Based on the info above I assume that I can somehow get it while only editing the code in my algo_strategy.py file.
I’m unsure where to go from here, any help would be great. Specifically, I’m looking to retrieve the ‘breach’ information.
Thank you in advance
There are two important parts to retrieving the
breach information (and similar information, such
- Breach data is only reported with results of the action phase, which are not stored by default
- Breach data is not parsed by
game_state, so it will have to be modified to actually retrieve the information.
Retrieving the results of the Action phase
The default AlgoCore does not report action phase data, so you will need to change that. If you look at the block of code from lines 55 to 80 in the
algocore.py file, you can see that this is the section that handles turns. If it is the build / deploy phase,
self.on_turn(game_state_string), from AlgoStrategy is called, which parses the data. However, if it is the action phase, nothing happens. To change this, I created a function in AlgoStrategy called
parse_action_phase, which takes the
game_state_string as an arguement (similar to
on_turn in this way), and called it in the correct
if block in AlgoCore. I then used that function to parse and store information
Retrieving the information from the
Now that data from the action phase has been retrieved, it now has to be parsed so that it is readable for your code. I started by parsing information the same way as in the
on_turn function, by creating a
game_state. To get breach information from the
game_state.py), first find the
__parse_state function (technically, you can do this anywhere, but considering that you are parsing a state, this seems to be the correct place to do so). At any point after the line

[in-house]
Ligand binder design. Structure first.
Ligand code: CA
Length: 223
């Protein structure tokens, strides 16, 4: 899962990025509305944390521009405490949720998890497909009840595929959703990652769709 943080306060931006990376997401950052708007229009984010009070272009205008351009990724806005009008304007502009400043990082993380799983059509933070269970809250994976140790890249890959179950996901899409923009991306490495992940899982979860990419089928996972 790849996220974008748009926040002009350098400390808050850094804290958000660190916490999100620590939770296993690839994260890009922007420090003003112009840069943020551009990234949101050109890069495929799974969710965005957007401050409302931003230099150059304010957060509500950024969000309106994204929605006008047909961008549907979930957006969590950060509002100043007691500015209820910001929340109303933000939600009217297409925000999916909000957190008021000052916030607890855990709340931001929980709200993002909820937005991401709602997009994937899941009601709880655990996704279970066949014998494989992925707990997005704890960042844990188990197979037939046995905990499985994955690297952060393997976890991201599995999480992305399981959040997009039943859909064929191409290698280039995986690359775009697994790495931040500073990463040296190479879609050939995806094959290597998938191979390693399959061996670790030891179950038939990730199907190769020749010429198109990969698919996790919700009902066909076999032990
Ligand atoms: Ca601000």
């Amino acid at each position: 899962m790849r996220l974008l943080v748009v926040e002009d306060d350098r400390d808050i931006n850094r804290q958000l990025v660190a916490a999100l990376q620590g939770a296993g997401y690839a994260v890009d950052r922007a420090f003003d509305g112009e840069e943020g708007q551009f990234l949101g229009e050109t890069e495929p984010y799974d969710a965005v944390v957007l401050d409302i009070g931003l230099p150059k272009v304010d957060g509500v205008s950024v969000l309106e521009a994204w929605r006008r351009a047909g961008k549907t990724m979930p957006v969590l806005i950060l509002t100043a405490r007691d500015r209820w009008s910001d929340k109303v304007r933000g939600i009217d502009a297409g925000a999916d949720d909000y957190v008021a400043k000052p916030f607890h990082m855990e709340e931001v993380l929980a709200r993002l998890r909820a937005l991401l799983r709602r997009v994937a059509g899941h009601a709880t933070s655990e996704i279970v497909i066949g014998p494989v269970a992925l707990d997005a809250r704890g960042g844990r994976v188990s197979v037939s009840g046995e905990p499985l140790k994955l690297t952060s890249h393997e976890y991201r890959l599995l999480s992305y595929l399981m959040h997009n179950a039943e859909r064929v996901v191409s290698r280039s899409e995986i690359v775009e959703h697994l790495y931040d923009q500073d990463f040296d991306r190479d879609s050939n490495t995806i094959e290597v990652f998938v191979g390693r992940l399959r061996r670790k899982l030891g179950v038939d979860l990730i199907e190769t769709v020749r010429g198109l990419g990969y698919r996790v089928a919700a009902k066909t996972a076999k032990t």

state = json.loads(state_line), using
state["events"]["breach"] will give you the information on breaches.
To be honest, I don’t really know what all of the information reported about
breach means. However, these are my best guesses:
- The 1st piece of information, the 2-number array, is the location of the breach
- The 2nd piece of information (counting the array as 1) is the damage dealt by the unit
- The 3rd is the type of information (3 is Ping, 4 is EMP, 5 is Scrambler).
- I don’t really know about the 4th, the string of a number (ex.
"730"), but it might have to do with the unique identity of a unit?
- The 5th piece of information, the number that, as far as I know, is always either a 1 or 2 (but I am not sure about this), is still a mystery to me. Maybe player identity?
I hope that this was helpful, despite how long and badly phrased it was. If it doesn’t make sense, please ask for clarification.
A discussion about what all of the numbers mean has happened in this post:
One thing that I didn’t mention (because I didn’t know) is that
GameUnit doesn’t like
REMOVE units. If you create a
GameState based on a
game_state_string from the action phase, and a
REMOVE unit is present, your algo will crash. This is because certain qualities (such as speed, damage, range, etc.) are not defined for the
REMOVE unit. If a
GameUnit of a
REMOVE unit is created (
GameUnits are created when a
GameState is created), you will receive an error. To fix this, you will have to edit
unit.py. In the function
__serialize_self, add 2 lines after the line
from .game_state import FIREWALL_TYPES, UNIT_TYPE_TO_INDEX, ENCRYPTOR, REMOVE